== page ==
“So Abraham rose early in the morning and saddled his donkey, and took two of his young men with him and Isaac his son; and he split wood for the burnt offering, and arose and went to the place of which God had told him.”  Gen. 22:3

First we note Abraham rising early, which appears to be his custom, at least when God is involved (see Gen. 19:27; 21:14; 22:3)

What we may also miss is that Abraham seems to be doing all these miscellaneous chores himself.  Abraham is about to make a three-day journey.  He has servants; he will be bringing two of them with him.  Why is Abraham saddling his donkey?  Why is he the one splitting the wood?  It may be that he is just a kind master and doesn’t mind doing some things himself, but surely he has a lot on his mind.  Perhaps Abraham feels he must go through all the steps of this act himself, to ensure no guilt is upon anyone else.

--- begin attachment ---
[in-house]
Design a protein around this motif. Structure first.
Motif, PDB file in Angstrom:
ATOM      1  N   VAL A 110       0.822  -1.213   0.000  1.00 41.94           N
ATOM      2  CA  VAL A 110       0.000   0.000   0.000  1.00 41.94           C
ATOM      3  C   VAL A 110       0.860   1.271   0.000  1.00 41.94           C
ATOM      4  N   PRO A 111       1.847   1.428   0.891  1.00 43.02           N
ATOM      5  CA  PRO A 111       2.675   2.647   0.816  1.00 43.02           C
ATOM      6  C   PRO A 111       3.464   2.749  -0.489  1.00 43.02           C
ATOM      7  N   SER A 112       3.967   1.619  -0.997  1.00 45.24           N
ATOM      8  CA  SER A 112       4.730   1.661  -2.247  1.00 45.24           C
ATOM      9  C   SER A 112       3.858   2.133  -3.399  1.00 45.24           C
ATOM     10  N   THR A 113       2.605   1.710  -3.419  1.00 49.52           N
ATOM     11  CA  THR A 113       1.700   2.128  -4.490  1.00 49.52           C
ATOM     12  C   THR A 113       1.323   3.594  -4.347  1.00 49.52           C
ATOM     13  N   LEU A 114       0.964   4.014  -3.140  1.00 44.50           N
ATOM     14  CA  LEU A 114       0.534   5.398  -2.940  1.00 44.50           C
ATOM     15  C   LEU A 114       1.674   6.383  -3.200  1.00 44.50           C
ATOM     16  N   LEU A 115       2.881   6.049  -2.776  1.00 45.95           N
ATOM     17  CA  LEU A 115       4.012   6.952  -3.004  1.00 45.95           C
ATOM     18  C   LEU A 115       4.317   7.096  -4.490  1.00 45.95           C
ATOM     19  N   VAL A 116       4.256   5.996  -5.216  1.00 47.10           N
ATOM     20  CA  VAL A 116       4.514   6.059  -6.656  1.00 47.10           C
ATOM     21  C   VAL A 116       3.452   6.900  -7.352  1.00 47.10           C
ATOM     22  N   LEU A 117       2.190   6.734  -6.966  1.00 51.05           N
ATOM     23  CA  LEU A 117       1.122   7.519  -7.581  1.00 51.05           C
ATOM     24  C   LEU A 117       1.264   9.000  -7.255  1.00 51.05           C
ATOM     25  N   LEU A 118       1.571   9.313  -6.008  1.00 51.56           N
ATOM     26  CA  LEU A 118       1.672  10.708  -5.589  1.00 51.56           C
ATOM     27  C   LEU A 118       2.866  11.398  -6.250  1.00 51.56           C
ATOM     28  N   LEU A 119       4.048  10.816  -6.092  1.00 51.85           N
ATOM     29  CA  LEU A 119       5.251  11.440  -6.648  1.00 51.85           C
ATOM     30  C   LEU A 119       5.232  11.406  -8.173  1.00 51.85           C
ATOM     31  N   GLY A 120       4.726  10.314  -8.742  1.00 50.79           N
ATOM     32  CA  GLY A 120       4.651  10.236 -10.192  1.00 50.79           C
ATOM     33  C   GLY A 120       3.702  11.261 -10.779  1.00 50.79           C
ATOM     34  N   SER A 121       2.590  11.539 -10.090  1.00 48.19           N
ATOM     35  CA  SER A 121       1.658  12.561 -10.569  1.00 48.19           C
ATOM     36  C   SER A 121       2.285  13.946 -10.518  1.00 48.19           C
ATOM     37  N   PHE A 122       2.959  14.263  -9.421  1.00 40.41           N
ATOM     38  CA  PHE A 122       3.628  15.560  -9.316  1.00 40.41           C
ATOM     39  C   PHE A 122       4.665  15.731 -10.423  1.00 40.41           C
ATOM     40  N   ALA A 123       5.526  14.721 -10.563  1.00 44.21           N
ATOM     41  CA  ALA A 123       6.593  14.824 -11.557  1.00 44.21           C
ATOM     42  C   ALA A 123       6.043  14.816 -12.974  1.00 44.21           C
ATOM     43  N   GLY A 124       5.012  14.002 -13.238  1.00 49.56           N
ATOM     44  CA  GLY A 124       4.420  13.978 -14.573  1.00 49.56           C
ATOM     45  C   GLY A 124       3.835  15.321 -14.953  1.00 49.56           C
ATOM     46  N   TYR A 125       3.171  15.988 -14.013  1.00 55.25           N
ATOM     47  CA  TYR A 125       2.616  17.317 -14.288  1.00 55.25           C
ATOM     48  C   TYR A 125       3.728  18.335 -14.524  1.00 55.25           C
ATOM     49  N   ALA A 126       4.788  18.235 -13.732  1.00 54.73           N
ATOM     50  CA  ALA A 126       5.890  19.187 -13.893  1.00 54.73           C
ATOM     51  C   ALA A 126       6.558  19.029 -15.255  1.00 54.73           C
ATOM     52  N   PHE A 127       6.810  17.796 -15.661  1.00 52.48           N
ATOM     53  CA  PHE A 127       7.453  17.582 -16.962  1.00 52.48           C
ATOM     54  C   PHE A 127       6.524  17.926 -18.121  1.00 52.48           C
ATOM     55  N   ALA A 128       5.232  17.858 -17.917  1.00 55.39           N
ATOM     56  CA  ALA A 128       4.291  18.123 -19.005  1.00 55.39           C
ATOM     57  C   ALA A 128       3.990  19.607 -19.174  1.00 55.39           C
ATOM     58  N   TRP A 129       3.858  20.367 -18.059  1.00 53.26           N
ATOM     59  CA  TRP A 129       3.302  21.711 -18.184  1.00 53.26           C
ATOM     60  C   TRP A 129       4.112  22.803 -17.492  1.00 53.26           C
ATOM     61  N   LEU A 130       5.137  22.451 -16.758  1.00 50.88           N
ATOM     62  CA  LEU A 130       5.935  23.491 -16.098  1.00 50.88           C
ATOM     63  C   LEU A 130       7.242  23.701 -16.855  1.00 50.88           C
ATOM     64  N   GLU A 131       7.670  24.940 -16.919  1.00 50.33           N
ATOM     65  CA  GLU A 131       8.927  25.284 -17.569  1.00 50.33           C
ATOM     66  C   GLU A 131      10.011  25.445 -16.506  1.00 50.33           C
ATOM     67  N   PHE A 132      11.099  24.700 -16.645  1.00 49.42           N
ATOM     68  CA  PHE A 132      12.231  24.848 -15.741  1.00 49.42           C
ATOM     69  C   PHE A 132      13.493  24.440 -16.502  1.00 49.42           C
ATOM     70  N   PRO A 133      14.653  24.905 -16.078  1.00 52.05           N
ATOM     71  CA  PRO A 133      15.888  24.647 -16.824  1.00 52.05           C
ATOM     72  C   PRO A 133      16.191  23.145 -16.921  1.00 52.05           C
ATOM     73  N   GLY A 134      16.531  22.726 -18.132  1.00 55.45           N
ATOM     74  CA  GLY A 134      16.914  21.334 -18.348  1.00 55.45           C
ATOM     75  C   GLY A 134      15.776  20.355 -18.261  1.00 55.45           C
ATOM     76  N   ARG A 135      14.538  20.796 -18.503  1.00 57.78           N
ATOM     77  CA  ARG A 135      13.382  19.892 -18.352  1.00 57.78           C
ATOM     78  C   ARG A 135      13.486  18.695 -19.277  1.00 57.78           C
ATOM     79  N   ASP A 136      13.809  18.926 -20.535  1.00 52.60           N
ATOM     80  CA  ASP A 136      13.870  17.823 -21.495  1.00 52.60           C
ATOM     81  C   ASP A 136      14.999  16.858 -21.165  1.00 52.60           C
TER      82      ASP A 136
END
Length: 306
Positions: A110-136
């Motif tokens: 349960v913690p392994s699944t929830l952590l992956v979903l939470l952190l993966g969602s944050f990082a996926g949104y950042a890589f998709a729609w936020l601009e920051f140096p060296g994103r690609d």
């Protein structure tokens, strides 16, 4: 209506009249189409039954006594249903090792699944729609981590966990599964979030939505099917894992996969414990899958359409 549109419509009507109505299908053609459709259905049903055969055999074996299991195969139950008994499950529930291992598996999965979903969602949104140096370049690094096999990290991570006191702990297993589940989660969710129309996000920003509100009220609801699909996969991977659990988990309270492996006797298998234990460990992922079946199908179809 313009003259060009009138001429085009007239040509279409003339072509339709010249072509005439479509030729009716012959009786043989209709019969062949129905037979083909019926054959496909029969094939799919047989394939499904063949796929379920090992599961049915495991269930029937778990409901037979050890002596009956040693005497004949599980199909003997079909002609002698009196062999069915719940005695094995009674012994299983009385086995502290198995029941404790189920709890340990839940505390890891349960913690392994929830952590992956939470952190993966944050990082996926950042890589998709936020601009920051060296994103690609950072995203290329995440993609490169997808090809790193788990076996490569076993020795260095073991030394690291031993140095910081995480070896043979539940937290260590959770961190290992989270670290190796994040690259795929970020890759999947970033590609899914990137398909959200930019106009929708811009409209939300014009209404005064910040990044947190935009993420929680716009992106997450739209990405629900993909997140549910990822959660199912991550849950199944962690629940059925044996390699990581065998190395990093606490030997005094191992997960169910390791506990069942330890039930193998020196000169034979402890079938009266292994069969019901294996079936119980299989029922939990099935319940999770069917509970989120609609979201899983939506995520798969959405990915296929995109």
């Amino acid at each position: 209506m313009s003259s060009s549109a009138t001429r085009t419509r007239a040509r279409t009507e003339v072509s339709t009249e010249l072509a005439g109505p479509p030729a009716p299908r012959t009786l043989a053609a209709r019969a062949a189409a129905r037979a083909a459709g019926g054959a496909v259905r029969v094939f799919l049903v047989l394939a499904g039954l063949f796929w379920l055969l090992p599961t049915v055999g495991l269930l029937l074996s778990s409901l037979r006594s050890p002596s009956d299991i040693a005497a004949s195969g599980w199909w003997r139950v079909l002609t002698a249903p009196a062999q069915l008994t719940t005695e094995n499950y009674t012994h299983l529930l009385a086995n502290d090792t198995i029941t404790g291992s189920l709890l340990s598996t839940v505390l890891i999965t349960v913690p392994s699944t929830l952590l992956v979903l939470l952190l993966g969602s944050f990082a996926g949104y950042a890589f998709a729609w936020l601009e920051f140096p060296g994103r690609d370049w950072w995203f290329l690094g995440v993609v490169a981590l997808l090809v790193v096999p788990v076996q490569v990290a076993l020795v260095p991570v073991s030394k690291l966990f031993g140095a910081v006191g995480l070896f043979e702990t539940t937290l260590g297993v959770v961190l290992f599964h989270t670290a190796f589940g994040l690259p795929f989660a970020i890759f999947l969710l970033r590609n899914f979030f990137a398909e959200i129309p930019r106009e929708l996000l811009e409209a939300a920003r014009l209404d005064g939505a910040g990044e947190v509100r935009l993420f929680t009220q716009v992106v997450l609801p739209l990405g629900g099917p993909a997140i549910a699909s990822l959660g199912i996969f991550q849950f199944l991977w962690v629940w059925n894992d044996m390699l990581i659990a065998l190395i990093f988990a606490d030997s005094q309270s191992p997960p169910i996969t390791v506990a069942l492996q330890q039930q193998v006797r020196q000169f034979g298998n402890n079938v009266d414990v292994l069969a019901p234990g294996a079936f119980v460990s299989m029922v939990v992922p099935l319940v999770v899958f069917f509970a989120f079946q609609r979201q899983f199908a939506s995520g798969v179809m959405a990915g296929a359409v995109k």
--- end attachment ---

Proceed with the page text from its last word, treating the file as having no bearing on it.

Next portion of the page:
Abraham brings wood because he does not know if the place he is going will have wood available (Plaut).  However he does not bring an animal, because he must believe Isaac is to be the sacrifice.

As Abraham is making all these preparations, what was he thinking about?  Could Jehova, this God who called Abraham to Canaan and away from his fathers house of idols (see Joshua 24:2) and revealed wondrous promises to him, could this God be just like the gods of his fathers, who demanded human sacrifice?  Could this awful thing be true?  If this is the case, Abraham would have to make a choice if he would obey and follow such a God.   Perhaps Abraham was testing God at the same time.  “Will this God I’ve been following that purports to be the one true God, give me such wondrous promises but yet dash my hope to pieces by the murder of my miraculous son, by my own hands, the very son through whom such wondrous promises are to come?”

Or did Abraham trust God much more than that?